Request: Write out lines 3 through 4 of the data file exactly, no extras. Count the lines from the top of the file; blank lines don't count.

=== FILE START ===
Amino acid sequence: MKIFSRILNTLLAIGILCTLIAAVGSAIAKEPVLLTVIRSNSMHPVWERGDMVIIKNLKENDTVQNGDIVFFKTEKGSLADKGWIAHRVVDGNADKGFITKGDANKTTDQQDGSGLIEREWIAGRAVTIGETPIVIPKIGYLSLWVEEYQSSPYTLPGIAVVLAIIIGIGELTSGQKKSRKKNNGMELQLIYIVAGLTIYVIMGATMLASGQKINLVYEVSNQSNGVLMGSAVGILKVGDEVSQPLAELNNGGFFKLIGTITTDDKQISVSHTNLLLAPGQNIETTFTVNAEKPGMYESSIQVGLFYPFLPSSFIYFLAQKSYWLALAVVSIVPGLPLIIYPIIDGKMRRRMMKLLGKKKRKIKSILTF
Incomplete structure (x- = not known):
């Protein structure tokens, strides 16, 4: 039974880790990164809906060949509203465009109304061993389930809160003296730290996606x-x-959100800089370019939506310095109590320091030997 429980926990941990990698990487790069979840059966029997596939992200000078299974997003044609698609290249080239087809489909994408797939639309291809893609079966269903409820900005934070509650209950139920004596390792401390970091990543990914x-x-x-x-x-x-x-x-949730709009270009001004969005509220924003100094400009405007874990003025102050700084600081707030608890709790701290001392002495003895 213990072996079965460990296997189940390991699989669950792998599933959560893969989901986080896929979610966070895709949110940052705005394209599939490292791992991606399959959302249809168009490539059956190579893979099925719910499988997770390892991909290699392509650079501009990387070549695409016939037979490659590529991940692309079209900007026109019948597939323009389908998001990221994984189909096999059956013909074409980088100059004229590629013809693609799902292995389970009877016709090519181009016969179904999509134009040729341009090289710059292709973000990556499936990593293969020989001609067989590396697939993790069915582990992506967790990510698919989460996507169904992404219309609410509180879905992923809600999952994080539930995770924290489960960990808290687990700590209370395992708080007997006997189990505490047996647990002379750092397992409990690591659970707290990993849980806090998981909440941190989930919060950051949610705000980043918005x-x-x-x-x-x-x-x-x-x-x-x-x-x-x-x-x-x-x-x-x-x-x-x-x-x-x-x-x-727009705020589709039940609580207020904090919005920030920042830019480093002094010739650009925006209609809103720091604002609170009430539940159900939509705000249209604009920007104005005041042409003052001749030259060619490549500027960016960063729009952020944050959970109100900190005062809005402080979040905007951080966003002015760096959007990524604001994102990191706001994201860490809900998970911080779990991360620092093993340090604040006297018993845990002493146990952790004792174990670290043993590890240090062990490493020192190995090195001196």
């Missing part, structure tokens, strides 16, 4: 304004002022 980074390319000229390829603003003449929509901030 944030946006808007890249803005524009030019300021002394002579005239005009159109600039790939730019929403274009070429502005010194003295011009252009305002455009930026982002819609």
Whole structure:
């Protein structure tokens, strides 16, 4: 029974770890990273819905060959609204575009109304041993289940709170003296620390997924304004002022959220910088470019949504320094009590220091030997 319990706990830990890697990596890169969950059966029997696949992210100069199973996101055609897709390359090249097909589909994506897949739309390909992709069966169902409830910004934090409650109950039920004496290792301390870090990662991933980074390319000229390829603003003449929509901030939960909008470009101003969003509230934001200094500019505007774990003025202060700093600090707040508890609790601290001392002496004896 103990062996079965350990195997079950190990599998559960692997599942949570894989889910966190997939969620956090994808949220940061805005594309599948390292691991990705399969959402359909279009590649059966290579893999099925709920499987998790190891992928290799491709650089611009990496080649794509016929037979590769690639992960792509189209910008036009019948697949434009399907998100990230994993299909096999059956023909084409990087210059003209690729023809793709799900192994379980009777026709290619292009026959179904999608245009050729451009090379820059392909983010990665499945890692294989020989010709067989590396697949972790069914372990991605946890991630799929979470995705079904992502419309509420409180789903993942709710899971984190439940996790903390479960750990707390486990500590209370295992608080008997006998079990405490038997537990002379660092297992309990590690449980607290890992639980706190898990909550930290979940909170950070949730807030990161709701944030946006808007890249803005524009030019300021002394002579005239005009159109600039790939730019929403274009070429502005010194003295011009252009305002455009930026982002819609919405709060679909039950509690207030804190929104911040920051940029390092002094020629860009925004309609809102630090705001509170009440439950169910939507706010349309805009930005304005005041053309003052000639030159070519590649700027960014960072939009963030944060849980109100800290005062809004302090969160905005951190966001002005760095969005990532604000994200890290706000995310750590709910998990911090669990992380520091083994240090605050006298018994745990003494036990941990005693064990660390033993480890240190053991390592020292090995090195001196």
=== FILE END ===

């Protein structure tokens, strides 16, 4: 039974880790990164809906060949509203465009109304061993389930809160003296730290996606x-x-959100800089370019939506310095109590320091030997 429980926990941990990698990487790069979840059966029997596939992200000078299974997003044609698609290249080239087809489909994408797939639309291809893609079966269903409820900005934070509650209950139920004596390792401390970091990543990914x-x-x-x-x-x-x-x-949730709009270009001004969005509220924003100094400009405007874990003025102050700084600081707030608890709790701290001392002495003895 213990072996079965460990296997189940390991699989669950792998599933959560893969989901986080896929979610966070895709949110940052705005394209599939490292791992991606399959959302249809168009490539059956190579893979099925719910499988997770390892991909290699392509650079501009990387070549695409016939037979490659590529991940692309079209900007026109019948597939323009389908998001990221994984189909096999059956013909074409980088100059004229590629013809693609799902292995389970009877016709090519181009016969179904999509134009040729341009090289710059292709973000990556499936990593293969020989001609067989590396697939993790069915582990992506967790990510698919989460996507169904992404219309609410509180879905992923809600999952994080539930995770924290489960960990808290687990700590209370395992708080007997006997189990505490047996647990002379750092397992409990690591659970707290990993849980806090998981909440941190989930919060950051949610705000980043918005x-x-x-x-x-x-x-x-x-x-x-x-x-x-x-x-x-x-x-x-x-x-x-x-x-x-x-x-x-727009705020589709039940609580207020904090919005920030920042830019480093002094010739650009925006209609809103720091604002609170009430539940159900939509705000249209604009920007104005005041042409003052001749030259060619490549500027960016960063729009952020944050959970109100900190005062809005402080979040905007951080966003002015760096959007990524604001994102990191706001994201860490809900998970911080779990991360620092093993340090604040006297018993845990002493146990952790004792174990670290043993590890240090062990490493020192190995090195001196």
């Missing part, structure tokens, strides 16, 4: 304004002022 980074390319000229390829603003003449929509901030 944030946006808007890249803005524009030019300021002394002579005239005009159109600039790939730019929403274009070429502005010194003295011009252009305002455009930026982002819609």